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Severity and Outcomes of Upper Gastrointestinal Bleeding With Bloody Vs. Coffee-Grounds Hematemesis

Laine, Loren MD1,2; Laursen, Stig B MD, PhD3; Zakko, Liam MD1; Dalton, Harry R DPhil, DipMedEd4; Ngu, Jing H MBChB, PhD5; Schultz, Michael MD, Dr Habil (Germany)6; Stanley, Adrian J MBChB, MD7

American Journal of Gastroenterology: March 2018 - Volume 113 - Issue 3 - p 358–366
doi: 10.1038/ajg.2018.5
ORIGINAL CONTRIBUTIONS: STOMACH
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OBJECTIVES: Numerous reviews indicate bloody hematemesis signifies more severe bleeding than coffee-grounds hematemesis. We assessed severity and outcomes related to bleeding symptoms in a prospective study.

METHODS: Consecutive patients presenting with hematemesis or melena were categorized as bloody emesis (N=1209), coffee-grounds emesis without bloody emesis (N=701), or melena without hematemesis (N=1069). We assessed bleeding severity (pulse, blood pressure) and predictors of outcome (hemoglobin, risk stratification scores) at presentation, and outcomes of bleeding episodes. The primary outcome was a composite of transfusion, intervention, or mortality.

RESULTS: Bloody and coffee-grounds emesis were similar in pulse ≥100 beats/min (35 vs. 37%), systolic blood pressure ≤100 mm Hg (12 vs. 12%), and hemoglobin ≤100 g/l (25 vs. 27%). Risk stratification scores were lower with bloody emesis. The composite end point was 34.7 vs. 38.2% for bloody vs. coffee-grounds emesis; mortality was 6.6 vs. 9.3%. Hemostatic intervention was more common (19.4 vs. 14.4%) with bloody emesis (due to a higher frequency of varices necessitating endoscopic therapy), as was rebleeding (7.8 vs. 4.5%). Outcomes were worse with hematemesis plus melena vs. isolated hematemesis for bloody (composite: 62.4 vs. 25.6%; hemostatic intervention: 36.5 vs. 13.8%) and coffee-grounds emesis (composite: 59.1 vs. 27.1%; hemostatic intervention: 26.4 vs. 8.1%).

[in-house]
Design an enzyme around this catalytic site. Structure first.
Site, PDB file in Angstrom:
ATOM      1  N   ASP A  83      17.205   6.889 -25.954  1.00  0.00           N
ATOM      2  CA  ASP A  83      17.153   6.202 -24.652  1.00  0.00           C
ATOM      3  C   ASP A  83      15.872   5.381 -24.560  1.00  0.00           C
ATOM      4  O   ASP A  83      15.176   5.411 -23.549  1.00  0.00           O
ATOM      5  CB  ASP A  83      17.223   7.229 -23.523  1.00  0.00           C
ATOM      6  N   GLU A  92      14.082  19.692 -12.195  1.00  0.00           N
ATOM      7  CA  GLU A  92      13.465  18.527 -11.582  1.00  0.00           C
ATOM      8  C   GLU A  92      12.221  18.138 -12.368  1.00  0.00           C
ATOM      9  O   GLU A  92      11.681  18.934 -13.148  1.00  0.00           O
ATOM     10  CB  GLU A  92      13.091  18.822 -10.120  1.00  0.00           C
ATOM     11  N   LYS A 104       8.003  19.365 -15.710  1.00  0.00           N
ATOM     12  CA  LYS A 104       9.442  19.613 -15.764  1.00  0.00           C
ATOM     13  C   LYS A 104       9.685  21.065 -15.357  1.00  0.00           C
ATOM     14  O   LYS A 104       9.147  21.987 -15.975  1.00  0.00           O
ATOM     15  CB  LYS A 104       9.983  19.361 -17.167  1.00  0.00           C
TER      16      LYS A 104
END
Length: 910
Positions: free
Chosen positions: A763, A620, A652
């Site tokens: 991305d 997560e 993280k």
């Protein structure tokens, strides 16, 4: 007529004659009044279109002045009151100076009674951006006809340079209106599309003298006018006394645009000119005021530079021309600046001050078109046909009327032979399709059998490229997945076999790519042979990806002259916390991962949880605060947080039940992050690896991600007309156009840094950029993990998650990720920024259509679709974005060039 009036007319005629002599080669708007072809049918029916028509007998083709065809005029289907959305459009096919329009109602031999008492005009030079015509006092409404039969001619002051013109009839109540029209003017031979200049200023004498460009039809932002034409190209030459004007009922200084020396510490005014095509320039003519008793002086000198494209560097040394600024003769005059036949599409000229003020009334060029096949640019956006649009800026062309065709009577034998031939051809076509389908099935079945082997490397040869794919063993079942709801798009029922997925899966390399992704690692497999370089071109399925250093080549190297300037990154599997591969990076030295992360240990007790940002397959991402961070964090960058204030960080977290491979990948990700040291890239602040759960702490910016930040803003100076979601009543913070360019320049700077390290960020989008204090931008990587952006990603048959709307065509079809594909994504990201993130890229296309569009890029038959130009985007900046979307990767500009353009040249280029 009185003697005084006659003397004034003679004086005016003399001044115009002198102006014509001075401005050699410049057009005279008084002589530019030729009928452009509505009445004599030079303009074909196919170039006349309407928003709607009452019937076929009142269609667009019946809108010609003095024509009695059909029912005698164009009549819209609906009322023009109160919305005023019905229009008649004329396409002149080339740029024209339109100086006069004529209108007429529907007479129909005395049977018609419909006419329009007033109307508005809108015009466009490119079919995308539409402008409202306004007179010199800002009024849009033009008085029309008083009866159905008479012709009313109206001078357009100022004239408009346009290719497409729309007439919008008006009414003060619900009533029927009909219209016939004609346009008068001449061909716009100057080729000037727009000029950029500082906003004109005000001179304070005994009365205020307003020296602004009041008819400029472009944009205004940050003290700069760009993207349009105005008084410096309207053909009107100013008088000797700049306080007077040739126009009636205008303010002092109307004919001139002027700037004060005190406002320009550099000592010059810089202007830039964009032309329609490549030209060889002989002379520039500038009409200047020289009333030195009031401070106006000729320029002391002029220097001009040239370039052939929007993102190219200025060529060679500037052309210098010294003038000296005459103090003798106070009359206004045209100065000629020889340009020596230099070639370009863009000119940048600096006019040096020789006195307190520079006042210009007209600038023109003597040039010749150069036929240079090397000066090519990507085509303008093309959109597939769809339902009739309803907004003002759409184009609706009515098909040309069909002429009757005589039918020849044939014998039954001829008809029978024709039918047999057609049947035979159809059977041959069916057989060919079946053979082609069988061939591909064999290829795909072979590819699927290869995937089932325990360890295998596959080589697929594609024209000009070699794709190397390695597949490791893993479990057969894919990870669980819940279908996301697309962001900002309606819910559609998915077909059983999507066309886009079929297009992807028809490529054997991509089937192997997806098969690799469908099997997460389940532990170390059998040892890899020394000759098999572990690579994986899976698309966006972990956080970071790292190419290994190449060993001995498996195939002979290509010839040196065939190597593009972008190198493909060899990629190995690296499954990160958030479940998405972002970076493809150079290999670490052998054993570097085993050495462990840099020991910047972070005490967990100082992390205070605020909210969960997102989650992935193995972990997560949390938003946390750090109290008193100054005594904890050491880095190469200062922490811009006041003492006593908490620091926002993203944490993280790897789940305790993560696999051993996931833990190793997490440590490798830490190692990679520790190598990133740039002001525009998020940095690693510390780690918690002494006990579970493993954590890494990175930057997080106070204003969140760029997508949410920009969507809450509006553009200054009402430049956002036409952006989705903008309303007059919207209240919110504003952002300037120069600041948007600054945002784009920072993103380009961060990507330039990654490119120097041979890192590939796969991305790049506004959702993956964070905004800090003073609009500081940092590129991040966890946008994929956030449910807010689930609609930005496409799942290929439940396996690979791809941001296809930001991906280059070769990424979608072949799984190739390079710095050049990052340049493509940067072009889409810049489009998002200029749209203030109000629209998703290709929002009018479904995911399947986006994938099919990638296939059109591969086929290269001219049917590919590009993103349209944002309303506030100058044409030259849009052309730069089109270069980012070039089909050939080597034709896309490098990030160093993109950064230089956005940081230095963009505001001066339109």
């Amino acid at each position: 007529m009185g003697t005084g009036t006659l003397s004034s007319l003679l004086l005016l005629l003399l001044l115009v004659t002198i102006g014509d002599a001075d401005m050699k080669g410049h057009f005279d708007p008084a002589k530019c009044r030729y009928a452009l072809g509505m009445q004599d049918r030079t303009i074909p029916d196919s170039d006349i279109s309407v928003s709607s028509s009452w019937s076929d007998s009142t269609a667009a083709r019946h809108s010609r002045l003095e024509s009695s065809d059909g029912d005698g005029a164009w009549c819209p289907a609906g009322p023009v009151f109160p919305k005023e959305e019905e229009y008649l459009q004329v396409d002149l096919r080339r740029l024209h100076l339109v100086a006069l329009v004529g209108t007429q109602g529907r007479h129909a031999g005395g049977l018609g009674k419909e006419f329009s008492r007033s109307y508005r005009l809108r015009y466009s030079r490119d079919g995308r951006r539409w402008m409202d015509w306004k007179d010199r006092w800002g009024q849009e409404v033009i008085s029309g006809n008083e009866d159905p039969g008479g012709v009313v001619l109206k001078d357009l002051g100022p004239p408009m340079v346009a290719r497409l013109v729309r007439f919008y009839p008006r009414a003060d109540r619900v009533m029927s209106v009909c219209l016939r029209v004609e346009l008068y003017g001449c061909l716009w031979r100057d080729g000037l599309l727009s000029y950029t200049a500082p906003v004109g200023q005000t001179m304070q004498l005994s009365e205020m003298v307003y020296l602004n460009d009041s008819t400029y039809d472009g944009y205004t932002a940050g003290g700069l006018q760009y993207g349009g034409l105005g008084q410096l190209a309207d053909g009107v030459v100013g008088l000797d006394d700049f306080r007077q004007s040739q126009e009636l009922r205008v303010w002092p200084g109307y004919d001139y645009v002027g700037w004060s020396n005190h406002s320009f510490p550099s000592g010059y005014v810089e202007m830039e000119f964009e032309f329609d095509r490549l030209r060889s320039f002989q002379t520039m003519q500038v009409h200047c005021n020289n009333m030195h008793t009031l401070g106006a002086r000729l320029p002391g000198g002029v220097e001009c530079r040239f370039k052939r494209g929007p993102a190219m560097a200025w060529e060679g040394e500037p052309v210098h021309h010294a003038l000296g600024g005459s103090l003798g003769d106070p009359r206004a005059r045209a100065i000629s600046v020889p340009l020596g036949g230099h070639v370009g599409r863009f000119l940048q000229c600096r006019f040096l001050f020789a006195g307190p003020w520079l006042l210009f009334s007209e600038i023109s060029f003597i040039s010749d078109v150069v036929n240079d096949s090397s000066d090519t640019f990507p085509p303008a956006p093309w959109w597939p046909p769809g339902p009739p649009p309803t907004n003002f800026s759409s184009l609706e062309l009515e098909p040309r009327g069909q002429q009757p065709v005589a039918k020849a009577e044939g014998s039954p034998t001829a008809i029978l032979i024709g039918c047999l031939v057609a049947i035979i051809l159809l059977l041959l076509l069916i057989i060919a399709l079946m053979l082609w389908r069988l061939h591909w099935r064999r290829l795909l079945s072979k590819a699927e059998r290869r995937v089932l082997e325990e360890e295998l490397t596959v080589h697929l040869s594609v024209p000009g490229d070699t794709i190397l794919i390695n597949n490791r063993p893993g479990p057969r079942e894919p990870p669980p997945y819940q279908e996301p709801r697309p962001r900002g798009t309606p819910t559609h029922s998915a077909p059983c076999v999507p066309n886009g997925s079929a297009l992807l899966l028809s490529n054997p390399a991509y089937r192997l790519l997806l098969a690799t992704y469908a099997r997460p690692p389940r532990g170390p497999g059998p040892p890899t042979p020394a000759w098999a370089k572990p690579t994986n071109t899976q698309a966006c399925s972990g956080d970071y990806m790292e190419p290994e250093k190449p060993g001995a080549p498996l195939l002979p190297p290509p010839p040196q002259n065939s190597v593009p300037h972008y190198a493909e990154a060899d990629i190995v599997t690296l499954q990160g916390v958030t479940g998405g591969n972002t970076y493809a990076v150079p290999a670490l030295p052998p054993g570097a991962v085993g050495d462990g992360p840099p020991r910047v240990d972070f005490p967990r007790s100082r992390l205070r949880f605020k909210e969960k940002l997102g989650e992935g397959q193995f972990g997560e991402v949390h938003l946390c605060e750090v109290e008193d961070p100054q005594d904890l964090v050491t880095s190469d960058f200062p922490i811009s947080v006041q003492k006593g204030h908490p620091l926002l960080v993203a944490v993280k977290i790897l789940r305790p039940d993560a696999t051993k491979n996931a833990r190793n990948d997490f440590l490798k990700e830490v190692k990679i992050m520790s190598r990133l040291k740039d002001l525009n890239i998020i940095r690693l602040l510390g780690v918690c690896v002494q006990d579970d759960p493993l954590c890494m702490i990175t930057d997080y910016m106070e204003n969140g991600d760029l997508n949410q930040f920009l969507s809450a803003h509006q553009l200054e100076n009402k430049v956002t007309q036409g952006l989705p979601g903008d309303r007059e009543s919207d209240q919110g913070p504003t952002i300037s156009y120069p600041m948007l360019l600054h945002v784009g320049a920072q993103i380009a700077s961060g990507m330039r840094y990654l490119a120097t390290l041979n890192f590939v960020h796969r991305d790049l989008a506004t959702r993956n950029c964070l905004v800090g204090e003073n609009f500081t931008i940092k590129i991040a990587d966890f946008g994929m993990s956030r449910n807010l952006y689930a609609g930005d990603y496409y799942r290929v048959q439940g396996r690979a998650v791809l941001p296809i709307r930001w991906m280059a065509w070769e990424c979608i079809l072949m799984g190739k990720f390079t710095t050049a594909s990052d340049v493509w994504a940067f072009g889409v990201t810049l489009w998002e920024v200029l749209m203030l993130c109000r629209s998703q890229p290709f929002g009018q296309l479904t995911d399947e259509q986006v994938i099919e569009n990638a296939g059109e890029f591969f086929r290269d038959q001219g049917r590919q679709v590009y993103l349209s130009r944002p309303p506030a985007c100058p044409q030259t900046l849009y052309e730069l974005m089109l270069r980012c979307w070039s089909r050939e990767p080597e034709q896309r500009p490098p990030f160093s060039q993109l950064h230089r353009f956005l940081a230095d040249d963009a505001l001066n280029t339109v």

CONCLUSIONS: Bloody emesis is not associated with more severe bleeding episodes at presentation or higher mortality than coffee-grounds emesis, but is associated with modestly higher rates of hemostatic intervention and rebleeding. Outcomes with hematemesis are worsened with concurrent melena. The presence of bloody emesis plus melena potentially could be considered in decisions regarding timing of endoscopy.

1Section of Digestive Diseases, Yale School of Medicine, New Haven, Connecticut, USA

2Section of Digestive Diseases, VA Connecticut Healthcare System, West Haven, Connecticut, USA

3Department of Medical Gastroenterology, Odense University Hospital, Odense, Denmark

4Gastrointestinal Unit, Royal Cornwall Hospital, Cornwall, UK

5Department of Gastroenterology and Hepatology, Singapore General Hospital, Singapore, Singapore

6Department of Medicine, Dunedin School of Medicine, University of Otago, Dunedin, New Zealand

7Department of Gastroenterology, Glasgow Royal Infirmary, Glasgow, UK

Correspondence: Loren Laine, MD, Section of Digestive Diseases, Yale School of Medicine, P.O. Box 208019, New Haven, Connecticut 06520-8019, USA. E-mail: loren.laine@yale.edu

To receive CME/MOC credit for this activity, please go to:http://acgjournalcme.gi.org/.

published online 30 January 2018

SUPPLEMENTARY MATERIAL accompanies this paper at http://links.lww.com/AJG/A286

Received 26 September 2017; accepted 12 December 2017

© The American College of Gastroenterology 2018. All Rights Reserved.
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